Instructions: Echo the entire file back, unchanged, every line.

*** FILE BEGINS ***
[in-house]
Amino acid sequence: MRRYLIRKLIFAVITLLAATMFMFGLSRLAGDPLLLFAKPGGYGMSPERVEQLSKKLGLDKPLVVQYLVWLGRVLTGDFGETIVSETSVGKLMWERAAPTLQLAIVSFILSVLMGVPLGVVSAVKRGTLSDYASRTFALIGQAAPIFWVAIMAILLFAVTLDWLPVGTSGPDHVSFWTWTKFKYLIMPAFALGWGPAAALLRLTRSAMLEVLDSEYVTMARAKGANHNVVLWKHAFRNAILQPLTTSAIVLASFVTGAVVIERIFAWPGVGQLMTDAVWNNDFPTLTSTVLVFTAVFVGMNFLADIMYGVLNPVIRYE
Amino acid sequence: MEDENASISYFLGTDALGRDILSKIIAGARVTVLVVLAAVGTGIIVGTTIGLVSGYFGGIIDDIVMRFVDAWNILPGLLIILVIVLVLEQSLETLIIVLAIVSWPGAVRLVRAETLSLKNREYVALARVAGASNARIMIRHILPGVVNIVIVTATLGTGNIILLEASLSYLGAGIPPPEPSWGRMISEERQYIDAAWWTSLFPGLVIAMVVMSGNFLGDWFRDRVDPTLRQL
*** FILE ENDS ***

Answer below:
[in-house]
Amino acid sequence: MRRYLIRKLIFAVITLLAATMFMFGLSRLAGDPLLLFAKPGGYGMSPERVEQLSKKLGLDKPLVVQYLVWLGRVLTGDFGETIVSETSVGKLMWERAAPTLQLAIVSFILSVLMGVPLGVVSAVKRGTLSDYASRTFALIGQAAPIFWVAIMAILLFAVTLDWLPVGTSGPDHVSFWTWTKFKYLIMPAFALGWGPAAALLRLTRSAMLEVLDSEYVTMARAKGANHNVVLWKHAFRNAILQPLTTSAIVLASFVTGAVVIERIFAWPGVGQLMTDAVWNNDFPTLTSTVLVFTAVFVGMNFLADIMYGVLNPVIRYE
Amino acid sequence: MEDENASISYFLGTDALGRDILSKIIAGARVTVLVVLAAVGTGIIVGTTIGLVSGYFGGIIDDIVMRFVDAWNILPGLLIILVIVLVLEQSLETLIIVLAIVSWPGAVRLVRAETLSLKNREYVALARVAGASNARIMIRHILPGVVNIVIVTATLGTGNIILLEASLSYLGAGIPPPEPSWGRMISEERQYIDAAWWTSLFPGLVIAMVVMSGNFLGDWFRDRVDPTLRQL